The following was provided by the Americal Civic Center Association:
The Americal Civic Center Association is celebrating the 100th anniversary of the historic building at 467 Main Street in Wakefield with several events throughout the year, including a free Wakefield Lecture Series, sponsored by the Wakefield Co-operative Bank, that kicks off on Wednesday, February 20th.
Local historical aficionado John Wall will be the featured speaker at the series’ first lecture “The Remarkable Cyrus Wakefield,” which will highlight the man for whom the town is named. Cyrus Wakefield, an entrepreneur, settled in South Reading in 1851 and helped weave the fabric the town by bringing his rattan business and generosity to the community.
The series will continue on March 20th with “The Richardson Light Guard” a lecture by Barry M. Stentiford, author of The Richardson Light Guard of Wakefield Massachusetts: A Town Militia in War and Peace, 1851 – 1975; and on April 24th with the presentation of “Our Artist … Franklin Poole” by John Wall. Wall will showcase several Poole originals and slides along with additional discussions about local artists Henry Cheever Pratt, Rufus Porter and Joseph Payro.
The lectures will be held in the Heritage Room at the Americal Civic Center, beginning at 7 p.m. Admission is Free.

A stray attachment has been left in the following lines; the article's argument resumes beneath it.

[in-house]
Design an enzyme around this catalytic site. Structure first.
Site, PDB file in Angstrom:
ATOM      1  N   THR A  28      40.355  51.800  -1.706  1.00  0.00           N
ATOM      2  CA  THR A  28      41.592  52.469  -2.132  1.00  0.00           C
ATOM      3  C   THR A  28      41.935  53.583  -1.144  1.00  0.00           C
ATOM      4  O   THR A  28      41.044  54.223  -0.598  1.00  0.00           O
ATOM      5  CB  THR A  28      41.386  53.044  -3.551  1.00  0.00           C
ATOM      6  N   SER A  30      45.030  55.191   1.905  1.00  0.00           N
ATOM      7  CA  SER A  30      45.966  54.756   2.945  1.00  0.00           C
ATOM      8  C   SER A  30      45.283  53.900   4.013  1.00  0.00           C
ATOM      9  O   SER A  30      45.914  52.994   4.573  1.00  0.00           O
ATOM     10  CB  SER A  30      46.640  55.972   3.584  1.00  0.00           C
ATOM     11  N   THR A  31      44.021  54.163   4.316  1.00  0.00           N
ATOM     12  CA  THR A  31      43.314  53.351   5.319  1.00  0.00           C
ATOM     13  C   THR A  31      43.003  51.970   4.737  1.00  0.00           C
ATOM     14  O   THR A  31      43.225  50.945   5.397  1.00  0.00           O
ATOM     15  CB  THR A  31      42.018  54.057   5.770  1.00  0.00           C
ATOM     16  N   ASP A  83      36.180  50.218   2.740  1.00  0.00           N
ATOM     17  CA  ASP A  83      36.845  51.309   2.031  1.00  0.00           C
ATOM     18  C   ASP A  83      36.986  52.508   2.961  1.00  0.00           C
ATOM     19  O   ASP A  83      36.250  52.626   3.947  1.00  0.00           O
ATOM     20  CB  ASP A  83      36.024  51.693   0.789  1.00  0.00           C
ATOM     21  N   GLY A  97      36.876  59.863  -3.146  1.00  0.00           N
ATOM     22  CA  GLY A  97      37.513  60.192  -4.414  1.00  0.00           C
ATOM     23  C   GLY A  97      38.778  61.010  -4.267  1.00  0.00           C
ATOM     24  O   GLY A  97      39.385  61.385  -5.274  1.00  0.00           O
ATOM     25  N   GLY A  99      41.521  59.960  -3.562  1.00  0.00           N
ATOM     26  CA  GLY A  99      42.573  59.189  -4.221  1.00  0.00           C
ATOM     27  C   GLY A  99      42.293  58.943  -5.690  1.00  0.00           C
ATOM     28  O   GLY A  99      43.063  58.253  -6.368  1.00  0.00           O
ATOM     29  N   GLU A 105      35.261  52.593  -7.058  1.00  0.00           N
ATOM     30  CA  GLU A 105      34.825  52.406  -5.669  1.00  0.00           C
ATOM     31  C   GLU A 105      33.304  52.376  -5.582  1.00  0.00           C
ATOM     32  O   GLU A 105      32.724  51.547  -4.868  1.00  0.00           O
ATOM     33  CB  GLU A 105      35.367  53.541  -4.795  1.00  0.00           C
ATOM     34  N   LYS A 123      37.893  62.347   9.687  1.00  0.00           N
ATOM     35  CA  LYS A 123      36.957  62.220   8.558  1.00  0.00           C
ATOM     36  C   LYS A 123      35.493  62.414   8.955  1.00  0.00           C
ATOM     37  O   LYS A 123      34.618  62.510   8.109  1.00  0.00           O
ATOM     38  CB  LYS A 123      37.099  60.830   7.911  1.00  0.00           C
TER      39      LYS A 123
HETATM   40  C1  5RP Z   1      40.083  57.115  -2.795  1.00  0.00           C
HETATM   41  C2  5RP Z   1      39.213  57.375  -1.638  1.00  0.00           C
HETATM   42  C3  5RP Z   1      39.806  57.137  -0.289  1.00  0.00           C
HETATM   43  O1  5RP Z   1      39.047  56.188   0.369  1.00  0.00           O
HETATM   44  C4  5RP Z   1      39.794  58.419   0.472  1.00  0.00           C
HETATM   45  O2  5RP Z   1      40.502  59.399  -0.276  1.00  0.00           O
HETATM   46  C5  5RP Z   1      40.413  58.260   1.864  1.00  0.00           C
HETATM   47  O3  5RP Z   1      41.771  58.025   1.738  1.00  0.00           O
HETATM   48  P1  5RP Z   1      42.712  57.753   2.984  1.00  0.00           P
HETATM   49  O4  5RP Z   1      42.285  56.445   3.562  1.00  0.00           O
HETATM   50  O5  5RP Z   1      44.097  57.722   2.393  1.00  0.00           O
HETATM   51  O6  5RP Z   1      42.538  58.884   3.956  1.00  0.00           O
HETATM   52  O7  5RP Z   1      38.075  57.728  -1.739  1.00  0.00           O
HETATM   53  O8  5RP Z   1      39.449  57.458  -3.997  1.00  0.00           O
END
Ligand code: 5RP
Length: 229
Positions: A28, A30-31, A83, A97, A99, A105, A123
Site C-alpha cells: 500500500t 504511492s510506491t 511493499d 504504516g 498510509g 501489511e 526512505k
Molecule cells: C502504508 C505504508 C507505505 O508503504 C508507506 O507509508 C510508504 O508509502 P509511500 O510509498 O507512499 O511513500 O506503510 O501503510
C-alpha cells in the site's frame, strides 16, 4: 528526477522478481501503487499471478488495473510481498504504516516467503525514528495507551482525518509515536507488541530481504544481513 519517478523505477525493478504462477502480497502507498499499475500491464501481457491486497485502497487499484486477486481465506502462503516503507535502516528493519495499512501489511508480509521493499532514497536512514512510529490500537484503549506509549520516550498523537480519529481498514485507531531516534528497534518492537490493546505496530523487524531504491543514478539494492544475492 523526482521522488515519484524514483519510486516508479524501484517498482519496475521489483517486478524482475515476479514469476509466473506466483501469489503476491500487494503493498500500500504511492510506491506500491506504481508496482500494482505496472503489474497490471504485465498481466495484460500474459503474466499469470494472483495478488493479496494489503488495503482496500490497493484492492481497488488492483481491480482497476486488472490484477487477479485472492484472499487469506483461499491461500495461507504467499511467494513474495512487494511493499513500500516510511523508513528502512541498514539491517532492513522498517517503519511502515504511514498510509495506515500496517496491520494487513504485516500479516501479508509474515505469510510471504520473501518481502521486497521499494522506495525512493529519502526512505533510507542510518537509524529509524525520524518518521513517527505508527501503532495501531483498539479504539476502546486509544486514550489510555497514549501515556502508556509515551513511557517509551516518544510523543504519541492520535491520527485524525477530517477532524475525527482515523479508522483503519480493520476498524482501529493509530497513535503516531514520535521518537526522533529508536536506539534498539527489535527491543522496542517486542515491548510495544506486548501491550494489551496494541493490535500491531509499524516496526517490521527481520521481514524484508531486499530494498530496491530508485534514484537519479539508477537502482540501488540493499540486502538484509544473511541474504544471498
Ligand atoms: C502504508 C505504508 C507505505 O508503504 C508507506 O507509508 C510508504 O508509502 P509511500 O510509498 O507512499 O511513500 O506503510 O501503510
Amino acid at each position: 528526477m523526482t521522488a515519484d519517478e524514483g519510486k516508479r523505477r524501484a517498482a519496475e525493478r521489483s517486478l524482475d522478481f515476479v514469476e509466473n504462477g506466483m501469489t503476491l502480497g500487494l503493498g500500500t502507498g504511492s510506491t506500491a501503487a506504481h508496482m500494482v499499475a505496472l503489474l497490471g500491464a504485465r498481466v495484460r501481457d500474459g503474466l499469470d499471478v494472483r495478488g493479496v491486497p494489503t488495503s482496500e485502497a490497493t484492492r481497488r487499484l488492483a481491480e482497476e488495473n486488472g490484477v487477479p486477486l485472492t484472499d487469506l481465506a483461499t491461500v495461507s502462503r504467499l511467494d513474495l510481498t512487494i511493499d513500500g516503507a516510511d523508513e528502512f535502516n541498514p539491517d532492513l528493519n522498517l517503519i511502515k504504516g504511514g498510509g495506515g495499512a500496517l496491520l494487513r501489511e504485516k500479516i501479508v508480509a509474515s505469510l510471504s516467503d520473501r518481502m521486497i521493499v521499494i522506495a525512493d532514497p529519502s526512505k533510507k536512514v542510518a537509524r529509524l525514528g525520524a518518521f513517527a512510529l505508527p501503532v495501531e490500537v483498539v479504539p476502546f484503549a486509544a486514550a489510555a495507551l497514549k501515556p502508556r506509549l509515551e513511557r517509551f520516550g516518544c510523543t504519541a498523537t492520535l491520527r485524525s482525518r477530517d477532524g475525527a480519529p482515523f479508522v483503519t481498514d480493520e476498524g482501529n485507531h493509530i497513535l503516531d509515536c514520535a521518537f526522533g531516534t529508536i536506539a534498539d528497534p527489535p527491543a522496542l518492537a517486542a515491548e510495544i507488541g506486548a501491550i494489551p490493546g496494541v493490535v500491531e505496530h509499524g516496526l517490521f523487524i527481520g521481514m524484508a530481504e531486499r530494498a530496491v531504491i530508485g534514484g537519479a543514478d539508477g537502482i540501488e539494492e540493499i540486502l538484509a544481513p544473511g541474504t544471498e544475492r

Americal Civic Center
Built as a State Armory, the Americal Civic Center was dedicated on January 15, 1913. The building was used by a number of military companies during the first half of the 20th century, including Company A of the Richardson Light Guard, and the Americal Division, which fought in the Pacific Theatre of Operations during World War II.
The building later became a Massachusetts National Guard Armory until the Town of Wakefield purchased it in 1975. The building was officially rededicated as the Americal Civic Center on April 21, 1976 following a town-wide contest to name the building. The name was selected by townspeople to honor the Americal Division.
The building, long known as a ‘jewel’ in the Town of Wakefield, has undergone substantial renovations since 1975 and has become a meeting place and office space for local organizations, community groups, civic groups and other non-profit and profit groups and companies. Initially maintained by the Department of Public Works, the Civic Center closed briefly, from 1981 to 1983, and was reopened on a self-sustaining basis under the management of the nonprofit Americal Civic Center Association in 1983.
Although it was built as an armory, the Americal Civic Center still maintains its neo-Classical style of architecture, with its two-story portico and full-height columns.
The building was added to the National Register of Historic Places in 1989, and is used for public meetings and events.
Additional information about the 100th anniversary celebration and lecture series can be obtained by calling 781-246-5424 or contacting via email firstname.lastname@example.org.